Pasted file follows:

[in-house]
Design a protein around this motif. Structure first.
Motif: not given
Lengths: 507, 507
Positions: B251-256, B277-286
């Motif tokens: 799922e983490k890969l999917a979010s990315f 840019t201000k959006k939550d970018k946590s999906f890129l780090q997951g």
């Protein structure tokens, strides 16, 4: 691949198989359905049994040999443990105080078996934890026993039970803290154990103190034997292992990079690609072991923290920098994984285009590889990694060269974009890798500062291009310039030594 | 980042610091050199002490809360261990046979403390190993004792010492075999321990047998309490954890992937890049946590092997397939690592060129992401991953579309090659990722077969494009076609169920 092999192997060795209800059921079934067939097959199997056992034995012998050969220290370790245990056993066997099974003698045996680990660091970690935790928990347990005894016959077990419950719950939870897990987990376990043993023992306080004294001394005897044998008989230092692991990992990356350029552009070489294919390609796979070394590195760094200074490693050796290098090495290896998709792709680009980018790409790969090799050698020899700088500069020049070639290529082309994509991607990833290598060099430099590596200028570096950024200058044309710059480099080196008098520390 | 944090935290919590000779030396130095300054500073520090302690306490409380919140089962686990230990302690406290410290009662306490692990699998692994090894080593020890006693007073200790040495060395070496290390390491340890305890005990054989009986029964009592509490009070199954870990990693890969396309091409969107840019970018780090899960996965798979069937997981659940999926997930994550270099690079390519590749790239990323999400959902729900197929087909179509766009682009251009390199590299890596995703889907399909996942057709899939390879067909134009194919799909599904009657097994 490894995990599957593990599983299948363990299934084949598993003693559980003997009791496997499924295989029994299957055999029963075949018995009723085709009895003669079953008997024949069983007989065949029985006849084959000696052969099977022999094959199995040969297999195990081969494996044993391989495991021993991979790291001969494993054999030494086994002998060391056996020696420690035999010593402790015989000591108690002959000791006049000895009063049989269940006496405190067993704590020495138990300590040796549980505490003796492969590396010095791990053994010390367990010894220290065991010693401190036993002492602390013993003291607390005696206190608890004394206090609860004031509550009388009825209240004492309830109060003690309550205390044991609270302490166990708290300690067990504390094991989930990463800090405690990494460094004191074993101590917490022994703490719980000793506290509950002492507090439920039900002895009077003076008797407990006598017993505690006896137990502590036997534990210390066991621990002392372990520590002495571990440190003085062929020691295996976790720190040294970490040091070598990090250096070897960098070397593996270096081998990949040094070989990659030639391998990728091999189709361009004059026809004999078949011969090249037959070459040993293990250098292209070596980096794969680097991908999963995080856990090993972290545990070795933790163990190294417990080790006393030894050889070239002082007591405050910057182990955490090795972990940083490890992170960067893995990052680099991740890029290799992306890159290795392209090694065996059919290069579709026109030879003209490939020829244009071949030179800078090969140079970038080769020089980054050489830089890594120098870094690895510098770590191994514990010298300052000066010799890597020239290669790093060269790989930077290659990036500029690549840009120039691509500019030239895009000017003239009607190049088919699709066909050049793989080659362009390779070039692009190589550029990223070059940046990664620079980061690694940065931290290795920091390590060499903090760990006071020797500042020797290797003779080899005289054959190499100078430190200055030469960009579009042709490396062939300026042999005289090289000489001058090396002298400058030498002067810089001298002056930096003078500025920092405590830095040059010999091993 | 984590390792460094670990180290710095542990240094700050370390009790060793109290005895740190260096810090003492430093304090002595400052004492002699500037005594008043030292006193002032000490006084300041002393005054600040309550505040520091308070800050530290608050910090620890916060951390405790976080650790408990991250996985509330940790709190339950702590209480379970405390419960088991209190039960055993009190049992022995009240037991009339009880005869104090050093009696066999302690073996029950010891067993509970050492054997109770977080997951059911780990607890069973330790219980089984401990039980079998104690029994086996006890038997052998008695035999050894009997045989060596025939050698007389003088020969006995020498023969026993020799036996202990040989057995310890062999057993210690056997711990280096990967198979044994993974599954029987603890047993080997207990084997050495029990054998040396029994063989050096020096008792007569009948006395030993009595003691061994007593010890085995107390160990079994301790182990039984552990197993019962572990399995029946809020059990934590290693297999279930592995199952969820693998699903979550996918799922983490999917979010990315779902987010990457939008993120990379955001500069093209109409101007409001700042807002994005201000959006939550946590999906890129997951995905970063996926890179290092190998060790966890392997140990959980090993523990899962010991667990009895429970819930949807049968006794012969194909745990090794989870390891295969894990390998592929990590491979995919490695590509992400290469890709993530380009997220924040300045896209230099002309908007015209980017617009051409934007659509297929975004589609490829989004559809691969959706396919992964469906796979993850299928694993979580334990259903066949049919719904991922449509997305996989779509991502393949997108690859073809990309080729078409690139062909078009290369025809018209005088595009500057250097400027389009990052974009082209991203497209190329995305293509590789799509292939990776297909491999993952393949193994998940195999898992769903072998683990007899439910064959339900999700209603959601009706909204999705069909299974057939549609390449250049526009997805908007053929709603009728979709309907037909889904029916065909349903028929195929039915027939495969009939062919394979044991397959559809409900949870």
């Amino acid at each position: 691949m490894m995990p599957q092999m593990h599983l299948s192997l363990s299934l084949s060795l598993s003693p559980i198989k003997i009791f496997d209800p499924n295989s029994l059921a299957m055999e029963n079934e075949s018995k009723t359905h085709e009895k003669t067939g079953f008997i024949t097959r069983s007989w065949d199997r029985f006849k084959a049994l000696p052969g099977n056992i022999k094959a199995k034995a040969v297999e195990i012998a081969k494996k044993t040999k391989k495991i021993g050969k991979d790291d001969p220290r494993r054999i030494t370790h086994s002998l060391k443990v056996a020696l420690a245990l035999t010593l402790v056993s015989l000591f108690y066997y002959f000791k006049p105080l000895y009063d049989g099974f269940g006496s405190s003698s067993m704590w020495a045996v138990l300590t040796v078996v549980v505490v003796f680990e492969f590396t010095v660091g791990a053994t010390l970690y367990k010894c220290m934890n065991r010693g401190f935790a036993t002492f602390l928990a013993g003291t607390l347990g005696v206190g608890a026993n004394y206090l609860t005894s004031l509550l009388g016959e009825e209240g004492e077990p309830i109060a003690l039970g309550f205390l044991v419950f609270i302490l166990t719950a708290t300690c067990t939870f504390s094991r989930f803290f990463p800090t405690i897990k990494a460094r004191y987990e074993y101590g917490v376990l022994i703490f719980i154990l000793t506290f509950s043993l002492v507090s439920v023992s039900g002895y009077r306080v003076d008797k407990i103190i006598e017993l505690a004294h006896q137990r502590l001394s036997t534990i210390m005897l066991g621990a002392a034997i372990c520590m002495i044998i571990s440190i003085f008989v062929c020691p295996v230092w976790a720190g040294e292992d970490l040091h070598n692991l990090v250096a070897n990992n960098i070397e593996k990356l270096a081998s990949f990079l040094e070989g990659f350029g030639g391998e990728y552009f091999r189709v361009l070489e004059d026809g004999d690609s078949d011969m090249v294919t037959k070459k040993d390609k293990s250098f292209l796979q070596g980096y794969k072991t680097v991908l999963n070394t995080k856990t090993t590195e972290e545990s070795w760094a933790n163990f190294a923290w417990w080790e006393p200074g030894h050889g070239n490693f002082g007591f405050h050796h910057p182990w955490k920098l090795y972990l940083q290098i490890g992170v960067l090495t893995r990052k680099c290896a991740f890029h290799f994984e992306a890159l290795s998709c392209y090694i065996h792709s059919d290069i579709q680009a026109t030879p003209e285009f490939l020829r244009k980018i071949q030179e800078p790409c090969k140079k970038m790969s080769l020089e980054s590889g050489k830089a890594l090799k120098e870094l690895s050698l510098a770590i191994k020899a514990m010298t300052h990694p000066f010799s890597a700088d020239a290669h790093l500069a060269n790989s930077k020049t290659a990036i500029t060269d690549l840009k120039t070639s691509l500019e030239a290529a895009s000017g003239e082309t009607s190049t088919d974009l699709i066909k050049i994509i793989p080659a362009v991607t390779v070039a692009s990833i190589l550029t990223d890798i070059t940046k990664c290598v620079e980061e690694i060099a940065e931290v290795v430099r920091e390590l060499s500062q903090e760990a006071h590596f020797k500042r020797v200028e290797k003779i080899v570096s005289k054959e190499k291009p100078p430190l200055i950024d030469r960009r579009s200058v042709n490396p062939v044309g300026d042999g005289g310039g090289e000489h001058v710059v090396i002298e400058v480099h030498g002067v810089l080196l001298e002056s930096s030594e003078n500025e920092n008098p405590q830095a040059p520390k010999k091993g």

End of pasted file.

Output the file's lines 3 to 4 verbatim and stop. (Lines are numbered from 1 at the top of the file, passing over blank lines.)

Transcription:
Motif: not given
Lengths: 507, 507